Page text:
Bill: I have had many failed businesses even before that. The most important thing to me is just enjoying the process. I feel like people get hooked on the idea. I could make a lot of money or I could be famous. But you forget the process. If you don't love the process then you never will find and never be fully fulfilled. So the biggest thing I've learned is just keep iterating fail fast, fail often. You have to change the rules. There's a Filipino martial art instructor, where the instructor has a big stick. He tells the student, I will hit you with a stick if you talk. I will hit you with this stick if you don't talk. I will hit you with this stick if try to fight back. So what he would do in a situation like that it seems like everything's all points of failure. But the student grabs the stick and breaks it. So when you're in a situation like this and when a situation seems like there's only failure ahead or there's only bad options.
Bill: You have to redefine what an option is and so you got to grab that stick and break it. That's the biggest thing that I that in my view that defines the entrepreneur. It is just the ability to adapt and change the definition of what their options are and what their circumstances are about.
Jason: Bill can you talk about how HummingTree came about.
Bill: In the previous app we were trying to advertise. It was a social media app which is a lot like pushing a rock uphill with your eye. It doesn't really go anywhere. It either takes off or it doesn't. What we're trying to advertise on it and trying to make money out of it. In that we recognized advertising is hard to do for the people that are trying to show ads. Because they're trying to make them. From that as HummingTree was born was a frame to essentially redefine the way people interact with brands. The way that we create ads, that we interact with them and the way that we share them. That's where I started. We started originally with an app that allows anybody to make an ad. Then we slowly realized the delivery process and mechanism was sedated through ad networks. Now when we started to build stuff that could kind of help our product and we found out that it could help other people too.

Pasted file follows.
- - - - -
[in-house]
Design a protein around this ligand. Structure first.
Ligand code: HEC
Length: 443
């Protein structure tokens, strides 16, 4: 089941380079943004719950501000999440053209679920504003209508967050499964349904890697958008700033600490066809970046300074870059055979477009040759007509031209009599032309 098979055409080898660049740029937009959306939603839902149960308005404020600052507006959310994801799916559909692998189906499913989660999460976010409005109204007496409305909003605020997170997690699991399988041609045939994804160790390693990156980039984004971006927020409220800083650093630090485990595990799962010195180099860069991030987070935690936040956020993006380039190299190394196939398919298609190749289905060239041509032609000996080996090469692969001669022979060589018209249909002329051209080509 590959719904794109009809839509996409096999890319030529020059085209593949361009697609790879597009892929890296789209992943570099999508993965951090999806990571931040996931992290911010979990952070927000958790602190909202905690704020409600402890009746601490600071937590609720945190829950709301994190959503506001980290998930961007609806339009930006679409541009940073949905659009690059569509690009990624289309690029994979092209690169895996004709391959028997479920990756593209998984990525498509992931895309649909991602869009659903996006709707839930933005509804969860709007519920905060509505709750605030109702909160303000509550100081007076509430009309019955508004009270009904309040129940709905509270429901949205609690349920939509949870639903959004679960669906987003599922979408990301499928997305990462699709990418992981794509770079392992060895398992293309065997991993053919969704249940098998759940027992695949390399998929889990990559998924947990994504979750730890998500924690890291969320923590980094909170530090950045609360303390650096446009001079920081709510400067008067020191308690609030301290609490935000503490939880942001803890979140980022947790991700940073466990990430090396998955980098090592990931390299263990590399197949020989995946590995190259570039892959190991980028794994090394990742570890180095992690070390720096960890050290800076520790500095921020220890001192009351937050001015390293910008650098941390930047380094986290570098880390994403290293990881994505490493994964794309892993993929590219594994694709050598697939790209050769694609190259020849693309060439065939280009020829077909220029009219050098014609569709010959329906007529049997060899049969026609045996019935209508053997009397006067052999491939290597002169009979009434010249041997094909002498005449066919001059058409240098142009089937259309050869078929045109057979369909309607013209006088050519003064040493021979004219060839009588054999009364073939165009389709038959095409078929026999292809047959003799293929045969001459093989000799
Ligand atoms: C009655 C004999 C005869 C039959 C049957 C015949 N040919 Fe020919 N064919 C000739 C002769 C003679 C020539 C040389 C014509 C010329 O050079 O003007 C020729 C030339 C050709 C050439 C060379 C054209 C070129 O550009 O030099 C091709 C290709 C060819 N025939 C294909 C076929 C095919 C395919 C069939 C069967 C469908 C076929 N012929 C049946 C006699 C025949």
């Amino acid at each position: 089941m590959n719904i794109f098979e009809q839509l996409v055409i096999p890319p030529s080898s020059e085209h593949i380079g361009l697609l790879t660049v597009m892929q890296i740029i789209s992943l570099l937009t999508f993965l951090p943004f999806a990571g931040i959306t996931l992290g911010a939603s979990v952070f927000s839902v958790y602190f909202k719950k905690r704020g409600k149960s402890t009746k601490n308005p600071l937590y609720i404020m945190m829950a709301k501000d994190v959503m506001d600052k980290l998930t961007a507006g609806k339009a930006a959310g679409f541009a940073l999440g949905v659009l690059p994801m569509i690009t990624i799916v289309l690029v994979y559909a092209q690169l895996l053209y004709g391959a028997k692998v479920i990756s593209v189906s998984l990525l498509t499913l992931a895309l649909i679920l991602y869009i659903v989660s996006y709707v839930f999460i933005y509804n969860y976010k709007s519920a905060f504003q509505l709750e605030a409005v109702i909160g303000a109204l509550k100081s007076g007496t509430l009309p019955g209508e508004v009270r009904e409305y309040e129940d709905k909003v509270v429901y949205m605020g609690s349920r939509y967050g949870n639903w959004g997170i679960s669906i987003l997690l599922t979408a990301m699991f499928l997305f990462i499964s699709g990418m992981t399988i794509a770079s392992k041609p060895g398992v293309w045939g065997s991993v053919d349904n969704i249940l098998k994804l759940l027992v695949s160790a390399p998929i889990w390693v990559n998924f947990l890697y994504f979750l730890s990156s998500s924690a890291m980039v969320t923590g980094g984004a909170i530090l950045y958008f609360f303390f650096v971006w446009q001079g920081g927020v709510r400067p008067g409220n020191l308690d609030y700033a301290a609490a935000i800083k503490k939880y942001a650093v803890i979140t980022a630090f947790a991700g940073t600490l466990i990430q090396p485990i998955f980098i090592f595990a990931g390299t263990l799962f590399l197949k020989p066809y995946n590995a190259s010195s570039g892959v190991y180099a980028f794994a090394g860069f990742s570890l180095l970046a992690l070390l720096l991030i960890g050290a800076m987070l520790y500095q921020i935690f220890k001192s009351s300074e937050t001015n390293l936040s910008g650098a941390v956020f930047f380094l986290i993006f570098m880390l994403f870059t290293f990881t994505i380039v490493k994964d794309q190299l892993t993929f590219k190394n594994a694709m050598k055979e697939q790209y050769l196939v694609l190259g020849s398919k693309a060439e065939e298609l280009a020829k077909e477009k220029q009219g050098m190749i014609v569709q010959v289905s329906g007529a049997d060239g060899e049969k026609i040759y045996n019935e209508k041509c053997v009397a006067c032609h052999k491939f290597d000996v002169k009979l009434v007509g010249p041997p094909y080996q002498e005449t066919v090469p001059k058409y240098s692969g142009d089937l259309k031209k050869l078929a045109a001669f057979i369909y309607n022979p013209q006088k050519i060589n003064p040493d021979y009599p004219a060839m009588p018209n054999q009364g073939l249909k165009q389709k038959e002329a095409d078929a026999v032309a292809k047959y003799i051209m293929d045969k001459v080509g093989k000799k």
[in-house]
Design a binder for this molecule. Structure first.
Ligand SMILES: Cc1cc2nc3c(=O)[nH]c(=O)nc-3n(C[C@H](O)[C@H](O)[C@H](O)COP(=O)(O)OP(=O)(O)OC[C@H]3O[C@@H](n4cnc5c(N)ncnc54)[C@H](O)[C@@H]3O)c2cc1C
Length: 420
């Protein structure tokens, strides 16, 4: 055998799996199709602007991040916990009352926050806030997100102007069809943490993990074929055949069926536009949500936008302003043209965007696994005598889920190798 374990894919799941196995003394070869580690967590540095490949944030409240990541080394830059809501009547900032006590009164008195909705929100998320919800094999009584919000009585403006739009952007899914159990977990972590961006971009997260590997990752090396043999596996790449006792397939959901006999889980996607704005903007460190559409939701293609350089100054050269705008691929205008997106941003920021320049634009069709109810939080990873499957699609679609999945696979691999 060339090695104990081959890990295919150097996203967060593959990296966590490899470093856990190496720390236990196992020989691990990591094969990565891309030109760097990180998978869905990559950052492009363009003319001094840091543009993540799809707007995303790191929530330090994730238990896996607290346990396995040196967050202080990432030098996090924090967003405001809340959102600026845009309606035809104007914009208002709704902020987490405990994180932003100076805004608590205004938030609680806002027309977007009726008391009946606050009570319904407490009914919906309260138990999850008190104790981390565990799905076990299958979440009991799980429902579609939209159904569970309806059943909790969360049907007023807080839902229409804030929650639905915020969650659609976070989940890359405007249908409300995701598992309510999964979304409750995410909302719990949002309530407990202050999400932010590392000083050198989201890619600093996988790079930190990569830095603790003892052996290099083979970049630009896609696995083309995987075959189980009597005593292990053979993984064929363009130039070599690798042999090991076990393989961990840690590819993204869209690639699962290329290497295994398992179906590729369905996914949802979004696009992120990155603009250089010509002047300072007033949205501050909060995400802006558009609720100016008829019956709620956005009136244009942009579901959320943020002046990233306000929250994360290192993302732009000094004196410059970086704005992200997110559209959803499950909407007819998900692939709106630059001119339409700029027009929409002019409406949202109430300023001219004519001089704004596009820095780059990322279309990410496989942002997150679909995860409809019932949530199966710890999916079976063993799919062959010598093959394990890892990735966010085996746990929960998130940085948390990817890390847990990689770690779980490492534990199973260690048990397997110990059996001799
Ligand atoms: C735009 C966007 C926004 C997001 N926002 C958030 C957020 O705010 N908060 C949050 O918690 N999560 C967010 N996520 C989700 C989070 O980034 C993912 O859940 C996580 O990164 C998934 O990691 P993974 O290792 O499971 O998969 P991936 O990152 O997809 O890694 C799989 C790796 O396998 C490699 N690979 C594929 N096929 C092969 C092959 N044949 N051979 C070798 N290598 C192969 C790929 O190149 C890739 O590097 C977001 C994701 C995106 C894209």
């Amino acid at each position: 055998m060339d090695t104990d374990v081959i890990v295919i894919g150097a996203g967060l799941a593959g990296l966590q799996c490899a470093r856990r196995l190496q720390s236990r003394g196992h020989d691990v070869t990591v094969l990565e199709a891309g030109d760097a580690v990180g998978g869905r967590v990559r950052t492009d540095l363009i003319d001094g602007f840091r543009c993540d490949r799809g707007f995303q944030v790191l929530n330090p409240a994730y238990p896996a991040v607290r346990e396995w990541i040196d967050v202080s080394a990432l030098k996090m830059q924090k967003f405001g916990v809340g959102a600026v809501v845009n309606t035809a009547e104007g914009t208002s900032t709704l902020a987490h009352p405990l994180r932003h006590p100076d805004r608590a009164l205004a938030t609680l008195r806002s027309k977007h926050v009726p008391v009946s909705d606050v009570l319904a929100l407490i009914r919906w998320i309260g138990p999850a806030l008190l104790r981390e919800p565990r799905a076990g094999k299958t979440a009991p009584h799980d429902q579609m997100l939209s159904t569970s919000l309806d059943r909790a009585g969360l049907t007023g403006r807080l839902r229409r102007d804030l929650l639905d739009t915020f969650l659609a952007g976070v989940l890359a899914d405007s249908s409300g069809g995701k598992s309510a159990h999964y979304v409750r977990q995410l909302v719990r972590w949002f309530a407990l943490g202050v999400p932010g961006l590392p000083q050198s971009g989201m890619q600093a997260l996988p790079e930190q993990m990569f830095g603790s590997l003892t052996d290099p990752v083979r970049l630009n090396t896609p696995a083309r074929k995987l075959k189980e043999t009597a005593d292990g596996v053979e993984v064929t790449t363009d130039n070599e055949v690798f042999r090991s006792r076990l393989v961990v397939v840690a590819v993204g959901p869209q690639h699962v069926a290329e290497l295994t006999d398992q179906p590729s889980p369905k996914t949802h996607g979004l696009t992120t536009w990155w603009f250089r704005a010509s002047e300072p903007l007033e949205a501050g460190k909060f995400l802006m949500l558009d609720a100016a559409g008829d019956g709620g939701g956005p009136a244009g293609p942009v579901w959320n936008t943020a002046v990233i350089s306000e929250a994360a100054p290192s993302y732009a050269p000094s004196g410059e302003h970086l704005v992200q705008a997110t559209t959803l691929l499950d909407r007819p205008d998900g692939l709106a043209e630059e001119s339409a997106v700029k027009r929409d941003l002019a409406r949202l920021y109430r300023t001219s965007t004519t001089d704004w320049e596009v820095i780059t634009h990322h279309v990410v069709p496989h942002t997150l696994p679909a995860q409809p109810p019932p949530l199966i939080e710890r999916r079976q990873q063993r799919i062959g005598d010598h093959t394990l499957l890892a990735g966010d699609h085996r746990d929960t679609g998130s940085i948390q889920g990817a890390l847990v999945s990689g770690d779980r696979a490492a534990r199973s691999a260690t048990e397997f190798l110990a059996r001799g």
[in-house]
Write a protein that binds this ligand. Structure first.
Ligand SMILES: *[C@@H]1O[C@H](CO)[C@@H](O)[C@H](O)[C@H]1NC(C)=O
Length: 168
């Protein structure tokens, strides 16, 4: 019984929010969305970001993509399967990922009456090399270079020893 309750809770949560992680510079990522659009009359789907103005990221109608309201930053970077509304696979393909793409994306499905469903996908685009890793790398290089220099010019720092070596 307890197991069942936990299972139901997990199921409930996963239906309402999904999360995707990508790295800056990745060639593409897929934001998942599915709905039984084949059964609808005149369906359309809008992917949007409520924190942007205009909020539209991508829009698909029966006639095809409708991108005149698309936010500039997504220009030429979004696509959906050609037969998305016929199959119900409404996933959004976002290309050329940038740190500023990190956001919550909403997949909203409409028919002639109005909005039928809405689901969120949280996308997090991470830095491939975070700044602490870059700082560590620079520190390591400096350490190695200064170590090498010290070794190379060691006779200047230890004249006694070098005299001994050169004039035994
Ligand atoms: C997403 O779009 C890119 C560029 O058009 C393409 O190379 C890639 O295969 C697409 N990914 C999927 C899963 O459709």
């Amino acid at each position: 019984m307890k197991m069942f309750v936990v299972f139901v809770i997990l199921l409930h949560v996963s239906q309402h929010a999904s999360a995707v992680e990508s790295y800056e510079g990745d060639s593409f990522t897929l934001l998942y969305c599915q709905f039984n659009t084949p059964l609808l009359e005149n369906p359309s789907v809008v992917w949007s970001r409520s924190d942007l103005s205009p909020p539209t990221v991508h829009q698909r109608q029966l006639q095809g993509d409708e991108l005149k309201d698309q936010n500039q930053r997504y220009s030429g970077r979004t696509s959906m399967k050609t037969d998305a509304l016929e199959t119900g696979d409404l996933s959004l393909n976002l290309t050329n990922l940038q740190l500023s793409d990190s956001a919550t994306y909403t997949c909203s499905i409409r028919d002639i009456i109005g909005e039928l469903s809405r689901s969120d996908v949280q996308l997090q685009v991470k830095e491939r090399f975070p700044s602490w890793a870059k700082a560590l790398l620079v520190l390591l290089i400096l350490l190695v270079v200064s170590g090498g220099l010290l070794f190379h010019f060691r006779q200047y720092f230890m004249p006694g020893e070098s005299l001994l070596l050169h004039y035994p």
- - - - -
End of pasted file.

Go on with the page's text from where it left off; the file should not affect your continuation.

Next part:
Jason: Bill, you are located in the Seattle area correct.
Jason: Also you are you just in the Seattle area or are you trying to expand your market?.
Bill: We are national I guess. We work with folks a lot of folks in Manhattan, London and Ukraine. So it's where these publishers are, it's were these advertisers are. In fact we don't really have any customers in Seattle.
Jason: What kind of push back have you been getting from potential customers?
Bill: It starts with a fundamental misunderstanding of what the product is and that's on us. If we can't fully explain what we're trying to do. The people that don't get it always have a different understanding of what we're trying to do. Then people that get it are the people that understand what we're trying to do. That's really natural with every product. But our biggest thing is to streamline, put the bumpers up, put this holding up. That's the biggest thing that we get it. It's a failure on our part for not adequately presenting it properly.
Jason: Next, talk about a time that you were successful in the past. What you learned and we can learn from your success.
Bill: I think success is defined obviously and that takes a lot of time and that definition is always changing. But you know one specific example would be in hiring and finding the right people. That's probably my biggest accomplishment. Just finding teams that get along with each other. Just have fun together and that takes time. What I learned was don't settle. Take the time to find that person.
Jason: Next talk about a time you failed. What you learned and what we can learn from this..
Bill: We failed to define kind of who we were trying to target. That is really dangerous. Originally, we were trying to market it to everyone and anyone. We were like any website could make an ad. Literally any web site could use what we do. The failure in that is that you don't find your first initial group. Those people that are really into what you're doing. That's something that I learned and it's very important for entrepreneurs to learn that you will get there. You can get the long term vision over time. But to start you have to find that next core group and find that really targeted Niche. My failure was trying to go for too big, too early. We kept trying to take on way more than we could chew too early. With the rationale that oh we'll learn more if we try to do this. True, to a certain agree, but you don't fully find your traction. It takes awhile to find that first jumping off point that you can build from. So take your time during that.